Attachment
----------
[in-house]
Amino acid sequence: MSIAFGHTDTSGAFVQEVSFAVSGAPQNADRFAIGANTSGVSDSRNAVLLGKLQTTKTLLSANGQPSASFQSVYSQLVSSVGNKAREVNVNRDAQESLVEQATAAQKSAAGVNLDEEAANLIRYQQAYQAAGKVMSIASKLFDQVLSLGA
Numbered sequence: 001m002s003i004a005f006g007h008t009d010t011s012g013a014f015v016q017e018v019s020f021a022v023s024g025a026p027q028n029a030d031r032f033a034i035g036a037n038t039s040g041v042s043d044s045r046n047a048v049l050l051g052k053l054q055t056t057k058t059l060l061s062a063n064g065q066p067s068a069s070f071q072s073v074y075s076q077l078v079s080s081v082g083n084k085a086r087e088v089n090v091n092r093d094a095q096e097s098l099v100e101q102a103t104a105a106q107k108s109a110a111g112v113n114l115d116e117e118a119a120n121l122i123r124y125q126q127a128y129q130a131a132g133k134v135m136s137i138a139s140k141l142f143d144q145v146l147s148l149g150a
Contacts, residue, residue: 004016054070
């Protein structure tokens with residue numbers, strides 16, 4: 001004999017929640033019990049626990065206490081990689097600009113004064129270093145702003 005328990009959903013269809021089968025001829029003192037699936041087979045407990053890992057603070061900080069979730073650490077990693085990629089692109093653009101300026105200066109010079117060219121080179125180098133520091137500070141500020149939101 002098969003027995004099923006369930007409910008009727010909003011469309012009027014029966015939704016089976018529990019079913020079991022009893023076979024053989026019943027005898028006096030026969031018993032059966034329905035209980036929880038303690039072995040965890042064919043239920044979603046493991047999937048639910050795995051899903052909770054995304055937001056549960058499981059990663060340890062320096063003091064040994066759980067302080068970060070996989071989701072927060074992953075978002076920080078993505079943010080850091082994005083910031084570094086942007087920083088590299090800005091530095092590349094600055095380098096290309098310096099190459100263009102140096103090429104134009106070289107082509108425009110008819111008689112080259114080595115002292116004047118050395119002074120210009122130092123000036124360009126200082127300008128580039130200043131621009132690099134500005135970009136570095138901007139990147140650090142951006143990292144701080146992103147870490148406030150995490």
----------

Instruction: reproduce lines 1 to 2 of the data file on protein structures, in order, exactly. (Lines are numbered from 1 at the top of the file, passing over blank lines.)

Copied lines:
[in-house]
Amino acid sequence: MSIAFGHTDTSGAFVQEVSFAVSGAPQNADRFAIGANTSGVSDSRNAVLLGKLQTTKTLLSANGQPSASFQSVYSQLVSSVGNKAREVNVNRDAQESLVEQATAAQKSAAGVNLDEEAANLIRYQQAYQAAGKVMSIASKLFDQVLSLGA